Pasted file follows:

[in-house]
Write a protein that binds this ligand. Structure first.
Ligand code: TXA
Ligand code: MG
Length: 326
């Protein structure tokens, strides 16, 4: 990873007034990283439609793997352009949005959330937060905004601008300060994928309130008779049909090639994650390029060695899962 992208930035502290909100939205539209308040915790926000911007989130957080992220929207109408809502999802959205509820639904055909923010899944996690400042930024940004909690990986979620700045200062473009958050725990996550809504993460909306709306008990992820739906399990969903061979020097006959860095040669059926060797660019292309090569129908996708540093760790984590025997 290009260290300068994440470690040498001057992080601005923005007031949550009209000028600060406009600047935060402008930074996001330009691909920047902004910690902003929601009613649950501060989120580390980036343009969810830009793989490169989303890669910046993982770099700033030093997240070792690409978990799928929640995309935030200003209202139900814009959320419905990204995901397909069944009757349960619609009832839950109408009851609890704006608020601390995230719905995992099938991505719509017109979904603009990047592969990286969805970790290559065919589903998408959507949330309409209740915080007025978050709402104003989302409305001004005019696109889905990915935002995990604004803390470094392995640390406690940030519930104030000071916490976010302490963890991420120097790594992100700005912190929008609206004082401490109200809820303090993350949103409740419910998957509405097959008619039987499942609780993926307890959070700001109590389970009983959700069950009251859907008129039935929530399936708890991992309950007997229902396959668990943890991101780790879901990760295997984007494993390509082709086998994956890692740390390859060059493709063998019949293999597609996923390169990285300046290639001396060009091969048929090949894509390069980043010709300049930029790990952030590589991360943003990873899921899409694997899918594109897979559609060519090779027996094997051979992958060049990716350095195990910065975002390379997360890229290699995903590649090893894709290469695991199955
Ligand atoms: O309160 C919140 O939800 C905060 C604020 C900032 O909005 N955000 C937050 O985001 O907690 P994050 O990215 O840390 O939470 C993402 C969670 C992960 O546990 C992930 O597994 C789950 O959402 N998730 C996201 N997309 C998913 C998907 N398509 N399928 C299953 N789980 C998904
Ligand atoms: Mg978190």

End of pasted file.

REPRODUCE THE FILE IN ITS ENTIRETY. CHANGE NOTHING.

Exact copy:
[in-house]
Write a protein that binds this ligand. Structure first.
Ligand code: TXA
Ligand code: MG
Length: 326
């Protein structure tokens, strides 16, 4: 990873007034990283439609793997352009949005959330937060905004601008300060994928309130008779049909090639994650390029060695899962 992208930035502290909100939205539209308040915790926000911007989130957080992220929207109408809502999802959205509820639904055909923010899944996690400042930024940004909690990986979620700045200062473009958050725990996550809504993460909306709306008990992820739906399990969903061979020097006959860095040669059926060797660019292309090569129908996708540093760790984590025997 290009260290300068994440470690040498001057992080601005923005007031949550009209000028600060406009600047935060402008930074996001330009691909920047902004910690902003929601009613649950501060989120580390980036343009969810830009793989490169989303890669910046993982770099700033030093997240070792690409978990799928929640995309935030200003209202139900814009959320419905990204995901397909069944009757349960619609009832839950109408009851609890704006608020601390995230719905995992099938991505719509017109979904603009990047592969990286969805970790290559065919589903998408959507949330309409209740915080007025978050709402104003989302409305001004005019696109889905990915935002995990604004803390470094392995640390406690940030519930104030000071916490976010302490963890991420120097790594992100700005912190929008609206004082401490109200809820303090993350949103409740419910998957509405097959008619039987499942609780993926307890959070700001109590389970009983959700069950009251859907008129039935929530399936708890991992309950007997229902396959668990943890991101780790879901990760295997984007494993390509082709086998994956890692740390390859060059493709063998019949293999597609996923390169990285300046290639001396060009091969048929090949894509390069980043010709300049930029790990952030590589991360943003990873899921899409694997899918594109897979559609060519090779027996094997051979992958060049990716350095195990910065975002390379997360890229290699995903590649090893894709290469695991199955
Ligand atoms: O309160 C919140 O939800 C905060 C604020 C900032 O909005 N955000 C937050 O985001 O907690 P994050 O990215 O840390 O939470 C993402 C969670 C992960 O546990 C992930 O597994 C789950 O959402 N998730 C996201 N997309 C998913 C998907 N398509 N399928 C299953 N789980 C998904
Ligand atoms: Mg978190």